In his new book, How God Became King, N. T. Wright argues that the Christian tradition and various strands of the modern church have neglected the Gospels.
This may sound like an outrageous claim, but Wright cites the church’s historic creeds as evidence. When “they refer to Jesus, [they] pass directly from his virgin birth to his suffering and death” (p. 11).
About the Apostles’ Creed, Wright says this:
So much detail, and yet nothing at all about what Jesus did in between being conceived and born, on the one hand, and being crucified under Pontius Pilate, on the other. Why not? If the aim were to summarize the key focal points of Christian faith, did that imply that that faith didn’t really need, shall we say, Matthew 3-26? Would chapters 1-2 (Jesus’ birth) and 27-28 (his death and resurrection) have done just as well? Was Matthew, and were Mark, Luke, and John for that matter, wasting time telling us all that stuff in the middle? Were they just giving us the “backstory” to satisfy any lingering curiosity the church might have about the earlier life of the one Christians now worshipped as Lord (p. 13)?
Christians do much the same today. Evangelical Christians, for example, have an “atonement” theology that captures the transaction whereby people are reconciled to God (or, one version of it), and their understanding of Jesus begins and ends with whatever is relevant to informing that transaction.
He reports the following conversation:
In 2003 I attended a conference where a well-known Christian leader from another continent requested some time with me. He had been reading my book Jesus and the Victory of God in the weeks before the conference and was intrigued by it. He wanted to know how it all made sense in terms of “the gospel” that he believed and taught. We had a cup of tea (some British and Anglican stereotypes don’t change) and talked for an hour or so. I tried to explain what I thought I was seeing: that the four gospels had, as it were, fallen off the front of the canon of the New Testament as far as many Christians were concerned. Matthew, Mark, Luke, and John were used to support points you might get out of Paul, but their actual message had not been glimpsed, let alone integrated into the larger biblical theology in which they claimed to belong. This, I remember saying, was heavily ironic in a tradition (to which he and I both belonged) that prided itself on being “biblical.” As far as I could see, that word was being used, in an entire Christian tradition, to mean “Pauline.” And even there I had questioned whether Paul was really being allowed to speak (p. 9).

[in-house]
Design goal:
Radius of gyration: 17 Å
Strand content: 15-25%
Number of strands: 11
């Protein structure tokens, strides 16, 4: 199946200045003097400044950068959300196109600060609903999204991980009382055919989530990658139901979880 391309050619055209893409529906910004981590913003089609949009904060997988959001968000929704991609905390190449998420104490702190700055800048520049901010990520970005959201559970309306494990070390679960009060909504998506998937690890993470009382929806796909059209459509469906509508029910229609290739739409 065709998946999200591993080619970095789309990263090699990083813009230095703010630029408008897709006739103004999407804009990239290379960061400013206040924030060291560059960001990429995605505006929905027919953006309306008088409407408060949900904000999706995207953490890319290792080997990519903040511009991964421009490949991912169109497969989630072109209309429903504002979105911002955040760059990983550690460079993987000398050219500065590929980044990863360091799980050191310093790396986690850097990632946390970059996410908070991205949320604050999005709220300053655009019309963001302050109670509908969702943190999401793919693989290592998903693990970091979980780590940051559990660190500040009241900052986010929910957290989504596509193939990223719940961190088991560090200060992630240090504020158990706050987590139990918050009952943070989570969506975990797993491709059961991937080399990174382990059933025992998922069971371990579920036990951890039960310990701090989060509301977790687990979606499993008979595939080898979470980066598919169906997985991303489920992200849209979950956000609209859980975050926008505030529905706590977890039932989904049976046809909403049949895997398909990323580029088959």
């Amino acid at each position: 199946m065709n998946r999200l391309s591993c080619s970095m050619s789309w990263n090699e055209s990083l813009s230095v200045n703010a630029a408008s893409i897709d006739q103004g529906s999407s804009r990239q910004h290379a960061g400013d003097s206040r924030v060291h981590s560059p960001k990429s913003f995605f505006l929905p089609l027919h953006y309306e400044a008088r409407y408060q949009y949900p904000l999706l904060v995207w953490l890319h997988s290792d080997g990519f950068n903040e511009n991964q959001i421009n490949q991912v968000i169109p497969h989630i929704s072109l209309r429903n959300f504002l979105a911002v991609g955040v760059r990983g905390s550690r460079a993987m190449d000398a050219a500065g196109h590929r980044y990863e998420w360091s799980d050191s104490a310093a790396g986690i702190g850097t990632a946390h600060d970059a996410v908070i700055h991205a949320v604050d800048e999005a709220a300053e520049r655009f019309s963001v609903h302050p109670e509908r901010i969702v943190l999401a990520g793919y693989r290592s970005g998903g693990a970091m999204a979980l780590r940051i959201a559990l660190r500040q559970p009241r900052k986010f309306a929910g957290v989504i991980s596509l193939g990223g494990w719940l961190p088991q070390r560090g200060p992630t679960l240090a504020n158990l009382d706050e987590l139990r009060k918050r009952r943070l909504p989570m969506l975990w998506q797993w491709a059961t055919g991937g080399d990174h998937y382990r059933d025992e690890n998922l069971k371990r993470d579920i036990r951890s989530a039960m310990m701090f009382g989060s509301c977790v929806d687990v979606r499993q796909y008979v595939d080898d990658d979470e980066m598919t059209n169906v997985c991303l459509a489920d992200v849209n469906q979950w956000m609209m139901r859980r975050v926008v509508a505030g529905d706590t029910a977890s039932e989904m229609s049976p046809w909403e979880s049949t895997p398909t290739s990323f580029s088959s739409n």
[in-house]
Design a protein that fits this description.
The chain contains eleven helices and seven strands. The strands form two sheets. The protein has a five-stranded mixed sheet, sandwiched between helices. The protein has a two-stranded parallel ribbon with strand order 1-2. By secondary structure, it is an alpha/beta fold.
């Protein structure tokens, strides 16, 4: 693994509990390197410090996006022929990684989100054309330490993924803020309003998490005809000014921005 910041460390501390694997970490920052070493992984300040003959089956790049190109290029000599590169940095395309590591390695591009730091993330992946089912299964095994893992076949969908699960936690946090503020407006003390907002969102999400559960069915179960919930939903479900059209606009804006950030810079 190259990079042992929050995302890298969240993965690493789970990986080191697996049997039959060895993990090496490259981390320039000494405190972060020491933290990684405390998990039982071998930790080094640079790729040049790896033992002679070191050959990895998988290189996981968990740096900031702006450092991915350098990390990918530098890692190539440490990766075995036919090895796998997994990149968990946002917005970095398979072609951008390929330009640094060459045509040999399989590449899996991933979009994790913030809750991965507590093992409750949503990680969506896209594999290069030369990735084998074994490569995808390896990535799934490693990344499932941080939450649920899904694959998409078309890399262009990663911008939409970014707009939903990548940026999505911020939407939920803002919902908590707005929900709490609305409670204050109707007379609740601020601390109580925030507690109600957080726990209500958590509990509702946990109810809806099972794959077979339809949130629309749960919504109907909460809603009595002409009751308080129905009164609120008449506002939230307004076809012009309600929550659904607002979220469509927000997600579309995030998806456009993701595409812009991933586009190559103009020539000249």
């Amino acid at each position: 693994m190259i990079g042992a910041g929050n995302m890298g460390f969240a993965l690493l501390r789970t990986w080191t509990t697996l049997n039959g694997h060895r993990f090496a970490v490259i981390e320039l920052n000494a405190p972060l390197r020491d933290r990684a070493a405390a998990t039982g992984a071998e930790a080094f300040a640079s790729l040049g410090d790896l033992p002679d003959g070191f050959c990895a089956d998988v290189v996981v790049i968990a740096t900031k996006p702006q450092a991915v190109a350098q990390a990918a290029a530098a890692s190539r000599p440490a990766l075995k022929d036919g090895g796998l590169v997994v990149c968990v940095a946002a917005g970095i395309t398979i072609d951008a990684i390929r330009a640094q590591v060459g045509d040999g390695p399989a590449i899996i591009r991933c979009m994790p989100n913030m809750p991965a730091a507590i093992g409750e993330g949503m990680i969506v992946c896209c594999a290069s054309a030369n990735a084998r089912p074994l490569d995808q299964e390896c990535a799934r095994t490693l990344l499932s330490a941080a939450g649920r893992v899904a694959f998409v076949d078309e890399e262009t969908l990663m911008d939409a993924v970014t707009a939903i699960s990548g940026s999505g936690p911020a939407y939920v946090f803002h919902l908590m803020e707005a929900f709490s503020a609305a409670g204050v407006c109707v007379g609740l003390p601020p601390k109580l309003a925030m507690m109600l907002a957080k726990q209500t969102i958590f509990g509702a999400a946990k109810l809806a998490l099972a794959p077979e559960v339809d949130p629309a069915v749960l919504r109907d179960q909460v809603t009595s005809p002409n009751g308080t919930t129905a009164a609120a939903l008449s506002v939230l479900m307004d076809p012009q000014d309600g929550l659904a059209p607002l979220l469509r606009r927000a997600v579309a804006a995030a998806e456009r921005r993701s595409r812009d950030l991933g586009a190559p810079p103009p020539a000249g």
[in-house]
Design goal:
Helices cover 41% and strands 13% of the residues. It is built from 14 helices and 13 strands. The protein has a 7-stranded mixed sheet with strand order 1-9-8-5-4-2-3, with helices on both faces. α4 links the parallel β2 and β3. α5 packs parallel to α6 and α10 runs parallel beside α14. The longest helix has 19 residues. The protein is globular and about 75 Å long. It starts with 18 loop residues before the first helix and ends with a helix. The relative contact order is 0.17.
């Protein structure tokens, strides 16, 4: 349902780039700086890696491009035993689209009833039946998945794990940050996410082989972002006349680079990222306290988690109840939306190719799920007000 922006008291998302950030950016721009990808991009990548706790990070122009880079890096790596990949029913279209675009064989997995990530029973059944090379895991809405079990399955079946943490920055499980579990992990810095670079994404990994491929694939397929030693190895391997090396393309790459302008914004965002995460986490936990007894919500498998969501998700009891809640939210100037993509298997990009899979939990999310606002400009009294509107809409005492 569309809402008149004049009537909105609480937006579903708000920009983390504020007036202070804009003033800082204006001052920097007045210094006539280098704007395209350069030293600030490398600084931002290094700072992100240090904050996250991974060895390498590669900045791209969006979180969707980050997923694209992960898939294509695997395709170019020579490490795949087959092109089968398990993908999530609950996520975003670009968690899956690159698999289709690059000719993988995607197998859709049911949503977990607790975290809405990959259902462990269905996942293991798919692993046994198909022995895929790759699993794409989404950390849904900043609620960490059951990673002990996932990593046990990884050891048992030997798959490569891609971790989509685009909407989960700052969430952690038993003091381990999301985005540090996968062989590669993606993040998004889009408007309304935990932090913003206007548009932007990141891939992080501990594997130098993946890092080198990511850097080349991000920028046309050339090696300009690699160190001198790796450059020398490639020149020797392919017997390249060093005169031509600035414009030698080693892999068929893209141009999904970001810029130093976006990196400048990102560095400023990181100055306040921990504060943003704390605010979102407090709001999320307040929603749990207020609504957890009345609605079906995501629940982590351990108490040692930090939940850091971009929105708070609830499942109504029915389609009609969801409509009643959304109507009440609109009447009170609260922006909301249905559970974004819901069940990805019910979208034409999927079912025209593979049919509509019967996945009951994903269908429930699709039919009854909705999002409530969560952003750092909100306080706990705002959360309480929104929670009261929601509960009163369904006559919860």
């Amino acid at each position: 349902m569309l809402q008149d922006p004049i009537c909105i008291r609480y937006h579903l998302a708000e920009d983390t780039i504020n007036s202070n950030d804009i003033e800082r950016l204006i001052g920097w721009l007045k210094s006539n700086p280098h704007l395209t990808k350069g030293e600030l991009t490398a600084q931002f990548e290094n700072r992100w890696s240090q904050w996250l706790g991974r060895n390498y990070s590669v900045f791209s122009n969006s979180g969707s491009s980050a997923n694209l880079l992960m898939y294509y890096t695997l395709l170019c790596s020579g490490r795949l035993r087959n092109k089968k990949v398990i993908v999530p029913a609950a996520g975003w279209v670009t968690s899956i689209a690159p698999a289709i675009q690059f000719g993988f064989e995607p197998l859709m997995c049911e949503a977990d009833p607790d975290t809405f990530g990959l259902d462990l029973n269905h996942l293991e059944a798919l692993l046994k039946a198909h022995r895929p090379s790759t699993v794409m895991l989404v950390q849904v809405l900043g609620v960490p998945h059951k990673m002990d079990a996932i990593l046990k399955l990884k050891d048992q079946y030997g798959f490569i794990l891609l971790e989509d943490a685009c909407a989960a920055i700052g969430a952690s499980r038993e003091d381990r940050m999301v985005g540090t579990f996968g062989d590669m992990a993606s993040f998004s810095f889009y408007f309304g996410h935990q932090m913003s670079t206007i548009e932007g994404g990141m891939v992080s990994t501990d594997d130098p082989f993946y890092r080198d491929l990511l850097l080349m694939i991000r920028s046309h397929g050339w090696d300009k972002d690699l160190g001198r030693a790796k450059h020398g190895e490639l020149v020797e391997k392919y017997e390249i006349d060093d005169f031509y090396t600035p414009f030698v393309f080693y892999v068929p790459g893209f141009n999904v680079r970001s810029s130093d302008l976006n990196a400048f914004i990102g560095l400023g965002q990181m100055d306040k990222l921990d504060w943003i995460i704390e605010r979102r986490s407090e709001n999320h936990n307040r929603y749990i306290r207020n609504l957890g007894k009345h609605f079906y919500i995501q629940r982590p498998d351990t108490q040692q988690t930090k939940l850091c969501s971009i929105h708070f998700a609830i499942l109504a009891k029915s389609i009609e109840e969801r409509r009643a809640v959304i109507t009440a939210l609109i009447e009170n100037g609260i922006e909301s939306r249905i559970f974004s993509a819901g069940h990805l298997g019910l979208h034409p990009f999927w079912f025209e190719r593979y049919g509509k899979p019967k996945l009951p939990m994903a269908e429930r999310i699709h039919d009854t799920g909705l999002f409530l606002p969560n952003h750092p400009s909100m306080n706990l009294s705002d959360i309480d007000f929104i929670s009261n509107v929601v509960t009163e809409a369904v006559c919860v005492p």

I have found that this dynamic pervades evangelical theology and culture. I remember hearing a major evangelical preacher say precisely this—that there was no reason for Jesus to live an entire life except that he needed to earn a store of righteousness that could be imputed to believers.
John Piper’s recent address, “Did Jesus Preach the Gospel of Evangelicalism,” is another example of how the Gospels aren’t so much ignored as not taken seriously on their own terms.
We use the gospels. We read them aloud in worship. We often preach from them. But have we even begun to hear what they are saying, the whole message, which is so much greater than the sum of the small parts with which we are, on one level, so familiar? I don’t think so. This is the lifetime puzzle. It isn’t just that we’ve all misread the gospels, though I think that’s broadly true. It is more that we haven’t really read them at all. We have fitted them into the framework of ideas and beliefs that we have acquired from other sources. I want in this book to allow them, as far as I can, to speak for themselves. Not everyone will like the result (p. 10).
I think there are some reasons for this and I’ll discuss those in subsequent posts. For now, though, do you think Wright is onto something here?
21 thoughts on “N. T. Wright & Christian Neglect of the Gospels”
Tim, I have long been thinking that many read Paul into the Four Gospels. Indeed, many read Paul into the Old Testament. But if we read the Bible on its own terms, then we would find such an approach odd. But it is really hard to change that way of reading, for the current is really strong.
(But there are those who read the Four Gospels into Paul too, I have to say.)
The current is strong, indeed! And human pride reinforces certain ways of reading, unfortunately. We’re slow to change and we don’t want to be wrong. But reading Paul (or, a certain reading of Paul) into the Gospels certainly dominates the West.
The “Word made Flesh” should be a our filter/hermeneutic for reading the rest of the Scriptures. Shouldn’t we read the incarnation of God revealed in the Gospels into Paul?
It seems to me that at the very least we ought to read Paul as counseling churches how to correct problems that arise from trying to embody the Gospels in ‘live’ church situations.